Everyday, Miss Tanya prepares her preschoolers for lunch. The soon to be kindergartners set their lunch tables and serve their own food. At New Horizon in Apple Valley, healthy eating is taught at a early age. "They are taught as early as infants, to preschool," explains Desiree Culhane, the Director of the childcare center. She says they kick off their Farm to School program every summer. "Basically we try to highlight a certain type of food, either a vegetable or a fruit for the first couple weeks and we'll use it in different ways. We might have cut up strawberries with breakfast, we might paint with strawberries for an art project, we might do a berry tasting. We try to develop and teach children a different way of using their food in fun ways."
But in an agricultural state, the access to fresh and healthy food is far from abundant.
Miah knows this to be true. "Something that I've seen here on the Northside that is similar in someways but more dense, is that people do have to walk and they do have to bus to get to many places." Growing up, Miah and her family moved often. Many times, they found themselves living in a food desert, or what some call a food swamp, where accessibility to healthy food is limited. "It was really interesting to live in cities like Brooklyn Center or Brooklyn Park or even Champlin where if there was a grocery store, it was just one grocery store. Either Festival Food or it was Cub Foods and that was it. And for the suburban life, you'd think, oh that's an amazing life, there's plenty of access, the average, median income is really high, but when you are living in a suburb, your car is broken down, absolutely no money. The bus system isn't as fluid as you might see in the Twin Cities, you're either having to walk, which we have done, or bike or find a way to get to the grocery store to spend the $3 or $4 that you found hanging around in your house."
According to the Federal Reserve Bank of Minneapolis and Wilder Research, Minnesota ranks 7th worst state in the nation with no groceries close to their homes. Hundreds of thousands of Minnesota's live in areas where they have bounded or no access to fresh, healthy food. "More and more people are interested in eating healthy foods, but not everyone has the same access to healthy food in their neighborhood," says Kristen Klingler, the Senior Public Health Specialist at the Minnesota Health Department. She worked to increase the affordability and accessibility of healthy food in small food retail stores. One being, Eastside Co-Op in Northeast Minneapolis. "I think places like the co-op are critical as food sources within the neighborhood, people need places that is easy to access that's affordable, that has a lot of variety and the co-op provides those things to the neighborhood."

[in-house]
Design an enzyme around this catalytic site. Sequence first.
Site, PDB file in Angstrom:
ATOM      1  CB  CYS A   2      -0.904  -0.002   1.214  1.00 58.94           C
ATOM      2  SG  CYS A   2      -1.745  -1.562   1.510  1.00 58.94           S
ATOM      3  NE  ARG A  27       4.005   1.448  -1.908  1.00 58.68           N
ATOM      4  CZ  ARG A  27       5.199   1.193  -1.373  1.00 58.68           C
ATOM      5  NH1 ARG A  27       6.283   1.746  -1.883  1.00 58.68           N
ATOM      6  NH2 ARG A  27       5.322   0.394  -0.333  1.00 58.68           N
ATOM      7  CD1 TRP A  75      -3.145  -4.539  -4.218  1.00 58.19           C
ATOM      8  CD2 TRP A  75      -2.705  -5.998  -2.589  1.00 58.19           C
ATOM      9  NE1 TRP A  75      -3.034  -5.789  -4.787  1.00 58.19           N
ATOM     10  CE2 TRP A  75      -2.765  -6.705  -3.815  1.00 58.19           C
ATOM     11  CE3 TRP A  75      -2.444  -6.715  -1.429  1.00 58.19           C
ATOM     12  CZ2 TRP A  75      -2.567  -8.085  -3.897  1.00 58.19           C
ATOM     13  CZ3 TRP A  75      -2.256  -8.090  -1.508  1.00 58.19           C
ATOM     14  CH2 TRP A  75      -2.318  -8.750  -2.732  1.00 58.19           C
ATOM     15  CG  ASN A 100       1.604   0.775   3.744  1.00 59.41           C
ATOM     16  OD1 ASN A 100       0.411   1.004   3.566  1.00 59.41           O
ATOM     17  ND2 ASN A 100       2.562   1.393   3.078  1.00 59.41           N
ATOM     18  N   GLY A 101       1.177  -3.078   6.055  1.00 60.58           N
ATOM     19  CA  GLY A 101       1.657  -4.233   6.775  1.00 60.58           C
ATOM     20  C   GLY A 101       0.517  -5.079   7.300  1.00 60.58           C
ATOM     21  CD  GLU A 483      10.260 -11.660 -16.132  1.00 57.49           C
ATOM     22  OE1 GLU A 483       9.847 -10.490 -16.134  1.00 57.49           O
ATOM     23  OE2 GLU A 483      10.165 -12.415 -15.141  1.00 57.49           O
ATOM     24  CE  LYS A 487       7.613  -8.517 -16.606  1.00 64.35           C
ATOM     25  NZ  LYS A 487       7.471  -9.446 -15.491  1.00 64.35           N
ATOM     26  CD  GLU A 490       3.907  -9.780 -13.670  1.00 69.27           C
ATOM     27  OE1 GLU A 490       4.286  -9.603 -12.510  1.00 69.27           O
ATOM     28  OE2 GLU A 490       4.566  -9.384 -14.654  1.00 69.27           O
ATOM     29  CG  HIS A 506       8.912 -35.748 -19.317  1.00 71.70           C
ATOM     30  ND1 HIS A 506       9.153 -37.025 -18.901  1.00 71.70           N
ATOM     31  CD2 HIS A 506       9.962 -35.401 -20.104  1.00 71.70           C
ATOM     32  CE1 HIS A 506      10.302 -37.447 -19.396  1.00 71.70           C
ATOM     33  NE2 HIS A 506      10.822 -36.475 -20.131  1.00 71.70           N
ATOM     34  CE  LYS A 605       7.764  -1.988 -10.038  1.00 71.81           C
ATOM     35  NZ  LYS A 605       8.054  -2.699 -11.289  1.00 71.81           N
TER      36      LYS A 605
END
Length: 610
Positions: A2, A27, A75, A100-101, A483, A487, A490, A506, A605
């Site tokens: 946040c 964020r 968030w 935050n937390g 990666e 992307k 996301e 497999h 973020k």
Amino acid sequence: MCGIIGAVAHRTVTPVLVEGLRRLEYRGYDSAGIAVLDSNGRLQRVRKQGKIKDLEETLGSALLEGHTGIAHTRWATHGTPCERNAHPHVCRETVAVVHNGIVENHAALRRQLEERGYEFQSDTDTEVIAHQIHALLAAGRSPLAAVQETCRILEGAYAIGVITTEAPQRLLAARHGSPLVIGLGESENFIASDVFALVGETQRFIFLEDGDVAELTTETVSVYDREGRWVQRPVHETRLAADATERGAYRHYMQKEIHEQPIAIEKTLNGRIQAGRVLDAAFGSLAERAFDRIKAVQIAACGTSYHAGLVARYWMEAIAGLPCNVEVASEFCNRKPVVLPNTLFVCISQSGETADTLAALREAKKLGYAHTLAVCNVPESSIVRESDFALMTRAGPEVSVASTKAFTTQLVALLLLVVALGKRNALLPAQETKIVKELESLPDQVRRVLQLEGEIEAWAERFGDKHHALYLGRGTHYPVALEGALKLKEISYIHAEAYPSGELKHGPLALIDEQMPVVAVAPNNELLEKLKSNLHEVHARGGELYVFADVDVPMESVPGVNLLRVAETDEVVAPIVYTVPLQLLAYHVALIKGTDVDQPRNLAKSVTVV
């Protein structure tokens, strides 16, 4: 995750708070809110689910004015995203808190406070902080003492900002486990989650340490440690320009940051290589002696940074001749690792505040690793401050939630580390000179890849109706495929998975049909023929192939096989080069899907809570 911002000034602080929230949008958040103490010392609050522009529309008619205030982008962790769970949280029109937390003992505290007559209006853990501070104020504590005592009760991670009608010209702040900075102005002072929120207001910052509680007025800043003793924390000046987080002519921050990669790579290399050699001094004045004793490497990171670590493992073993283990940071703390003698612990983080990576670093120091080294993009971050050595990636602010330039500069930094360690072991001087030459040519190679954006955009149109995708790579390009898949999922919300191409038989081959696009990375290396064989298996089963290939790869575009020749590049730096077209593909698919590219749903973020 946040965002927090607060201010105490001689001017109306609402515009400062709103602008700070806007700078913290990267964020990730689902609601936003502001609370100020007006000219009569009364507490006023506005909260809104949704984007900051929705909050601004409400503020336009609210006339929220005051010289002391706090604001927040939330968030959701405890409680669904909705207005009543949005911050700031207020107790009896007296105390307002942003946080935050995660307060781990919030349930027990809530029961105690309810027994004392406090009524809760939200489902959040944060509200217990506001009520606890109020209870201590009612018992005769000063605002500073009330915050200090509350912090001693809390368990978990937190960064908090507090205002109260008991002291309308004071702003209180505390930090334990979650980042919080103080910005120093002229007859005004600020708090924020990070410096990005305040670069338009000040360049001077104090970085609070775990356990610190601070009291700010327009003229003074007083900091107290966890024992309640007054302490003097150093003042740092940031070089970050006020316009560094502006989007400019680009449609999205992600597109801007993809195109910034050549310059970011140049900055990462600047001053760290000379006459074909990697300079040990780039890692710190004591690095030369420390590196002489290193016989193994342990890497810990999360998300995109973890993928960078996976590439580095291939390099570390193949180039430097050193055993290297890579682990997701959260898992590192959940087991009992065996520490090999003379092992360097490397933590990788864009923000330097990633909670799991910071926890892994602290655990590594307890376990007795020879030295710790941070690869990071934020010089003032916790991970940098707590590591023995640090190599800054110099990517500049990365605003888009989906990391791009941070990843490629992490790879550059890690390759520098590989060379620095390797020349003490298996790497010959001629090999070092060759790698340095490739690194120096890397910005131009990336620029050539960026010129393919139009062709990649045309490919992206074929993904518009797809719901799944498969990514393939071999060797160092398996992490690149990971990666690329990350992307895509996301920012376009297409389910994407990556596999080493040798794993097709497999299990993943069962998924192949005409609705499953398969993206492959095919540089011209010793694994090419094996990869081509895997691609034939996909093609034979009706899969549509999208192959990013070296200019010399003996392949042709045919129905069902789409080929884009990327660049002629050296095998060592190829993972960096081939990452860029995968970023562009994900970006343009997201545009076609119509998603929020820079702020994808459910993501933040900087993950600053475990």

The neighborhood Co-Op opened its doors in 2003. In a community with very few grocery store nearby, Eastside Food Co-Op is dedicated to providing natural, organic food.
Kristen's efforts led to the passage of Staple Food Ordinance for the city , which requires places like gas stations, corner stores, pharmacies, dollar stores to shelve certain amount of nutritious foods. "As a result of the Staple Food Ordinance, there's a minimum amount of healthy foods that are now available in all types of what we call, license grocery stores. That can be anything from a full-service grocery store to a corner store or a gas station or a pharmacy. So we've been able to raise the minimum stocking requirements for these stores."
Stores across the city are required to stock foods such as fruits and vegetables and whole grain products. Adam, one of the founders of Brightside Produce works with over 30 corner stores across the city to help supply them with fresh produce in order to comply with the Staple Food Ordinance. "A lot of these wholesale places have a $150 order minimum and if you're a corner store, I'm sure you can imagine how hard it would be to sell $150 worth of produce within a week, a week and a half before it starts going bad. It's almost impossible for these corner store owners. So, Brightside, where we play our role, we actually go to these places and we get cases of fruits and vegetables. And what we'll do is take that to the stores and we'll make a show box that will have one of everything we have."
Using food as tool for health and social change